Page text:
Iraqi Christians demand autonomous region

Iraqi women at a church worship.

Iraqi women at a church worship.

DESPITE suffering some of the deadliest attacks on their community since 2003, most Iraqi Christians are in no mood to call it quits.

They want the Ninevah Plains region to be officially declared a Christian province. Assyrian Christians, who trace their roots to Noah’s time, have historically claimed that region as their home.

Declaring the region as a Christian province is key to other Assyrian Christians, who have taken refuge in neighboring countries, returning home, they say.

Assyrian Alliance spokesman Ken Joseph said: “We have 500,000 Christian refugees in neighboring countries. So our position has been very clear to the government. These people will not come home until they have a place to go to.”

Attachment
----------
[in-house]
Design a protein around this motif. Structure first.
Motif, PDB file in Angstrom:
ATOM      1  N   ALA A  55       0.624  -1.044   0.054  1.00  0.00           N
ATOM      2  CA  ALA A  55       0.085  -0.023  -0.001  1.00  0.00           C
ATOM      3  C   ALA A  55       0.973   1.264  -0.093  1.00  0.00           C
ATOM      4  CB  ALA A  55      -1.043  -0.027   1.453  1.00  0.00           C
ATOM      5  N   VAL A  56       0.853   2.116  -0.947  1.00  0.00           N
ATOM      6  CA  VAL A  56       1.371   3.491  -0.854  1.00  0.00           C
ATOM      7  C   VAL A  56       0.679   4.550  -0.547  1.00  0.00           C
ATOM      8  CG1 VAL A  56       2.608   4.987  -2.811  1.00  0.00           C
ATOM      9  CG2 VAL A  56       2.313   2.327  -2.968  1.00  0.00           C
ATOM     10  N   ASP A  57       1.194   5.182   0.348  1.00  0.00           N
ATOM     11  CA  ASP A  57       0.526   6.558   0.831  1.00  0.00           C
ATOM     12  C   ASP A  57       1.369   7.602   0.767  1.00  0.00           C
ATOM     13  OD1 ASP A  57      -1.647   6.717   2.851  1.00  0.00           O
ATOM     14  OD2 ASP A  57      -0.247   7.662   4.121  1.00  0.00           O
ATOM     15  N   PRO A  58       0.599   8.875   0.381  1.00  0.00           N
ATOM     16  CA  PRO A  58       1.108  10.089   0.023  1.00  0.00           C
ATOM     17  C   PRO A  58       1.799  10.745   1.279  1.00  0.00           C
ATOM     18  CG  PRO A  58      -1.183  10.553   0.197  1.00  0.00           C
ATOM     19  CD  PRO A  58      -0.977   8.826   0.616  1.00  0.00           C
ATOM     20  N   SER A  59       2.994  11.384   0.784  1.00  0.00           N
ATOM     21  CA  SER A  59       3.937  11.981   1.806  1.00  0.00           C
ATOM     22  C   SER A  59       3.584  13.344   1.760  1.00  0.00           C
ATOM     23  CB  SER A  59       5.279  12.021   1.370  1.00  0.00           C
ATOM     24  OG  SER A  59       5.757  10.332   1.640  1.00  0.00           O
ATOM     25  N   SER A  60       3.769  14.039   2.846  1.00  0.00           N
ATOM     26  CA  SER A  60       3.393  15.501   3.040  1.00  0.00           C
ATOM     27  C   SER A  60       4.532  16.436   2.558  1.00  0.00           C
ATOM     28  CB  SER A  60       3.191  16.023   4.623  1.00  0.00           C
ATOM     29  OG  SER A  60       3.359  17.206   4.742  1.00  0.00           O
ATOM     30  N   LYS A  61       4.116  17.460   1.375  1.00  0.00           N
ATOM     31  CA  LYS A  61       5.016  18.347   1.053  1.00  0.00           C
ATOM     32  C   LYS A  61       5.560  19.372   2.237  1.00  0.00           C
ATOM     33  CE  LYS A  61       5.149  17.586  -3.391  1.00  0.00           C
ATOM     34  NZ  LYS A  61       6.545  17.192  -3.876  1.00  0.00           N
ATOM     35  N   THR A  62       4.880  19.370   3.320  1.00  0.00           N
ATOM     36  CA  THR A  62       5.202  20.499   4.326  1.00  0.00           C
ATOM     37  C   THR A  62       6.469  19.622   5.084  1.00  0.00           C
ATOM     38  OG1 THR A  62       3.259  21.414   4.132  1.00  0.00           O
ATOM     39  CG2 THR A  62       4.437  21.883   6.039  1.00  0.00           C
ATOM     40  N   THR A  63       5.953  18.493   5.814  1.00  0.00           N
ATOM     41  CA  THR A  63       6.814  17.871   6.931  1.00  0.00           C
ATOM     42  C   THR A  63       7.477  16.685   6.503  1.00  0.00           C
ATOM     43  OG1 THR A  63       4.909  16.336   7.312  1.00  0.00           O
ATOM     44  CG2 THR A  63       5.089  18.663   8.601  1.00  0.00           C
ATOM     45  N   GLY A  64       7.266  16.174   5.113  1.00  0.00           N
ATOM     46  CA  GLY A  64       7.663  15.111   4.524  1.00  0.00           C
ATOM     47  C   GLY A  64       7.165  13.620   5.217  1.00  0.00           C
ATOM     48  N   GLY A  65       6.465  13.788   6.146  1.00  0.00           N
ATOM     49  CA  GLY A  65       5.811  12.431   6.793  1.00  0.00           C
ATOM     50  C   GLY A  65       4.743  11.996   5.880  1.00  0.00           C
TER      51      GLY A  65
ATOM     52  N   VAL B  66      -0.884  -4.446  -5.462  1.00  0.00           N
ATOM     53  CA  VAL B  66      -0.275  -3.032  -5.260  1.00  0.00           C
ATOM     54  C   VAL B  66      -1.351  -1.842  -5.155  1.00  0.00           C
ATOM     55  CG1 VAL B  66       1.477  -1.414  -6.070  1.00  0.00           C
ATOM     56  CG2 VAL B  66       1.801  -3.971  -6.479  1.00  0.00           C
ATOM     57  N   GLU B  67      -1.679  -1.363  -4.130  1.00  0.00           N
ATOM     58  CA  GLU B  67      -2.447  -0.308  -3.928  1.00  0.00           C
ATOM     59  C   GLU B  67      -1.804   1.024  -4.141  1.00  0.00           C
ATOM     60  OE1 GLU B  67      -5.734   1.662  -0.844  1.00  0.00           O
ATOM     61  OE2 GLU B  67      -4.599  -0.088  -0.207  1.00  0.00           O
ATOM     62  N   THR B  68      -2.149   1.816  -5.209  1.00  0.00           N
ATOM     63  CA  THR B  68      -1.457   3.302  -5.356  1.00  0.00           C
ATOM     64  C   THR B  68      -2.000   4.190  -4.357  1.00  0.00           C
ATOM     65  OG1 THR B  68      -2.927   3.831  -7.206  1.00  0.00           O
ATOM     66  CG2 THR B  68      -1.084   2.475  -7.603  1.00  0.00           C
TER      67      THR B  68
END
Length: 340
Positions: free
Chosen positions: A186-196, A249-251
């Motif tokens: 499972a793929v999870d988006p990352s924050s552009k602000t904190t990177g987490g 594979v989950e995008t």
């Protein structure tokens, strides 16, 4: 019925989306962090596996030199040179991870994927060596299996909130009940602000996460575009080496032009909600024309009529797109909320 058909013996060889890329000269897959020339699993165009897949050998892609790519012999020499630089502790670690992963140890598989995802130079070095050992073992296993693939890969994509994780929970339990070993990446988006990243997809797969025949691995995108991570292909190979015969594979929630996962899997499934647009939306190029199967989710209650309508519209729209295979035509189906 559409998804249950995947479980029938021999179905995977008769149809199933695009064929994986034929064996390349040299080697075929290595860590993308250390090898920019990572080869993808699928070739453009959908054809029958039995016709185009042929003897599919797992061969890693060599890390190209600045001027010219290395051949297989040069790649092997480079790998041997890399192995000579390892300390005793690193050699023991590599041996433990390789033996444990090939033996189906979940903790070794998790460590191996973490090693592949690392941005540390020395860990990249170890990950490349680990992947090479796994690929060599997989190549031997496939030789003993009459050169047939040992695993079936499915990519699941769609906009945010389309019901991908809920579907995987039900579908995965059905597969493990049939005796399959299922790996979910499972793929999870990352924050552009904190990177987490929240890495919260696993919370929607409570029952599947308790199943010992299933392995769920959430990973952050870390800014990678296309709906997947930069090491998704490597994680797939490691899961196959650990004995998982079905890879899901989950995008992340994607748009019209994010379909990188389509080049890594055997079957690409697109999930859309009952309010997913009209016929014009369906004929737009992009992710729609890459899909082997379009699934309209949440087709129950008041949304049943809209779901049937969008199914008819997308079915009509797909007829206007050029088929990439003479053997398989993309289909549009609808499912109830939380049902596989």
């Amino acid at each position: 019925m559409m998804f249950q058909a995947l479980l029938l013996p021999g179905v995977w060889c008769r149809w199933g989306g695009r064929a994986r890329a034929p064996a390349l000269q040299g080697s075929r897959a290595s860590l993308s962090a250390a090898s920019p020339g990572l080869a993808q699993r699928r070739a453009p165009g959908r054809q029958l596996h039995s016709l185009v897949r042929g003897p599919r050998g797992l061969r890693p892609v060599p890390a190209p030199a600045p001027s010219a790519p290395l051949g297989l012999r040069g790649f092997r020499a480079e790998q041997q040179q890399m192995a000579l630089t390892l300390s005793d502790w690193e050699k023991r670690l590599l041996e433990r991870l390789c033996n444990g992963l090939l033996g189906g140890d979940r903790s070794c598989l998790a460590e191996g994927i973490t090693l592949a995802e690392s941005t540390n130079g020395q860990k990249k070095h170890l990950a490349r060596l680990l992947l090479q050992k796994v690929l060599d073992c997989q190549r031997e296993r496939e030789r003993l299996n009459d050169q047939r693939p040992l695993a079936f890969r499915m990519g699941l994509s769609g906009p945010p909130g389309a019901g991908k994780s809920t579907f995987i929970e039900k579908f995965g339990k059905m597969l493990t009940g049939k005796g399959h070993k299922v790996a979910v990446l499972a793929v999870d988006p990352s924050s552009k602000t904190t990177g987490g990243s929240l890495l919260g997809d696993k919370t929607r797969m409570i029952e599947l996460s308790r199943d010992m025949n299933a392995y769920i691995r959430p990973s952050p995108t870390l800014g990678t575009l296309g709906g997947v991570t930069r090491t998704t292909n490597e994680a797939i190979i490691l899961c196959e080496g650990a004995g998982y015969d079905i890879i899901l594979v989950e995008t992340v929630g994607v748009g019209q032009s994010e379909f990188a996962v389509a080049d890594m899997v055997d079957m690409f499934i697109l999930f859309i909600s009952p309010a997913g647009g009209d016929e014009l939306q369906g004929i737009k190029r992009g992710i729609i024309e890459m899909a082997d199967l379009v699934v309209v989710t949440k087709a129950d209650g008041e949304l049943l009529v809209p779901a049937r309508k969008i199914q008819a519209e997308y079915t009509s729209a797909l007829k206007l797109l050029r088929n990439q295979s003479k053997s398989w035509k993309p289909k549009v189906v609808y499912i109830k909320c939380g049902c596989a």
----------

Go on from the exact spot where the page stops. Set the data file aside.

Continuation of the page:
Recently, Joseph and leaders of 16 other Iraqi Christian organizations met to discuss forming a Christian province. He said just getting the different groups to agree on something was itself a miracle.

Iraqi Christians have in recent weeks been prime targets of Muslim fundamentalists. In one of the biggest attacks in recent times, members of an al Qaeda group attacked a Catholic church in Baghdad, killing 68 people on Oct 31.

Since the October attack, several others have lost their lives, including a Christian shopkeeper who was shot and killed in the city of Mosul. As violence in the region has increased, Christians have become more open to the idea of an autonomous region – a place where they can practice their faith without fear.

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